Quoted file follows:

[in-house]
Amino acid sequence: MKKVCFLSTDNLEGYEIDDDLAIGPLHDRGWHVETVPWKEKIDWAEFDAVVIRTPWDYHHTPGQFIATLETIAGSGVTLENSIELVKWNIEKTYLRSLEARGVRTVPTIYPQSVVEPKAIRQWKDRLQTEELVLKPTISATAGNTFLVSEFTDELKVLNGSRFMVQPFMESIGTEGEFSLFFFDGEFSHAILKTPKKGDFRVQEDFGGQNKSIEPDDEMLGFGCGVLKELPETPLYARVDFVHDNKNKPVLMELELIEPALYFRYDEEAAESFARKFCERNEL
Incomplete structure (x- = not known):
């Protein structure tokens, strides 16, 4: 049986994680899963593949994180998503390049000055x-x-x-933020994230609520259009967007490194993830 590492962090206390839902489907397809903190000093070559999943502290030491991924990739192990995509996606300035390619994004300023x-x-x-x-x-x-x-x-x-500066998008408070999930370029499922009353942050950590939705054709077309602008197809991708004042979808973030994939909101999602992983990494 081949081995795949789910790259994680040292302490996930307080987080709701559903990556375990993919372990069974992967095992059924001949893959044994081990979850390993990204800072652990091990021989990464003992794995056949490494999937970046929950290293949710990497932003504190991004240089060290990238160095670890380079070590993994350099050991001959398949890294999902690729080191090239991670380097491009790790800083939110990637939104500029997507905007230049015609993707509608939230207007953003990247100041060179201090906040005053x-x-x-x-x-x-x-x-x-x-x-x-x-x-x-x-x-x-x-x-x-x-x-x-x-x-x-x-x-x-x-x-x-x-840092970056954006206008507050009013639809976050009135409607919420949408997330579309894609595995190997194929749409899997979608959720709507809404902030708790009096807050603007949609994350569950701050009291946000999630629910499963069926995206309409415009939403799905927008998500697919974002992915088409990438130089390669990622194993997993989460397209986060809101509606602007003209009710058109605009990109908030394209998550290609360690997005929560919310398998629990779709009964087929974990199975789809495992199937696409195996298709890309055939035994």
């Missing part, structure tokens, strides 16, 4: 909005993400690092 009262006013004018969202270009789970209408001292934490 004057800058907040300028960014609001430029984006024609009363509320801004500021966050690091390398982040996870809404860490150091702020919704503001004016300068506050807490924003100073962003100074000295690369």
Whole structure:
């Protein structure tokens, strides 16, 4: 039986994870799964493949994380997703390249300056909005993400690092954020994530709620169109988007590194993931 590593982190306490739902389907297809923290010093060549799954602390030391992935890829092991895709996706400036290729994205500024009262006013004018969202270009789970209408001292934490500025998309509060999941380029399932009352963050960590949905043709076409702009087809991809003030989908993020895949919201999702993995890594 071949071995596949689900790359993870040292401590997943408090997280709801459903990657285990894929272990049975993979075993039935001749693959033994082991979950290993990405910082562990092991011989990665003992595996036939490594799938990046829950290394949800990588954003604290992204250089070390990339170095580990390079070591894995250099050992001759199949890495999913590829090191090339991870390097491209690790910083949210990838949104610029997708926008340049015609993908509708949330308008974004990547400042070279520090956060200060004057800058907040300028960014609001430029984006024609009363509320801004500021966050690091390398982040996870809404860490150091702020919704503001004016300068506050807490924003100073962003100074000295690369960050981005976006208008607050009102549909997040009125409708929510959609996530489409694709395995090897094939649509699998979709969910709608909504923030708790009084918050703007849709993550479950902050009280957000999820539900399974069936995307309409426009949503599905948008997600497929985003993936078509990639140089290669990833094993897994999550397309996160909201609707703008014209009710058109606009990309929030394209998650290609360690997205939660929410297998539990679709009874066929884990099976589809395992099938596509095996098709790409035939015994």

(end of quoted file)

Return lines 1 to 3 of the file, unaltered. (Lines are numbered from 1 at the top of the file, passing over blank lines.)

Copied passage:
[in-house]
Amino acid sequence: MKKVCFLSTDNLEGYEIDDDLAIGPLHDRGWHVETVPWKEKIDWAEFDAVVIRTPWDYHHTPGQFIATLETIAGSGVTLENSIELVKWNIEKTYLRSLEARGVRTVPTIYPQSVVEPKAIRQWKDRLQTEELVLKPTISATAGNTFLVSEFTDELKVLNGSRFMVQPFMESIGTEGEFSLFFFDGEFSHAILKTPKKGDFRVQEDFGGQNKSIEPDDEMLGFGCGVLKELPETPLYARVDFVHDNKNKPVLMELELIEPALYFRYDEEAAESFARKFCERNEL
Incomplete structure (x- = not known):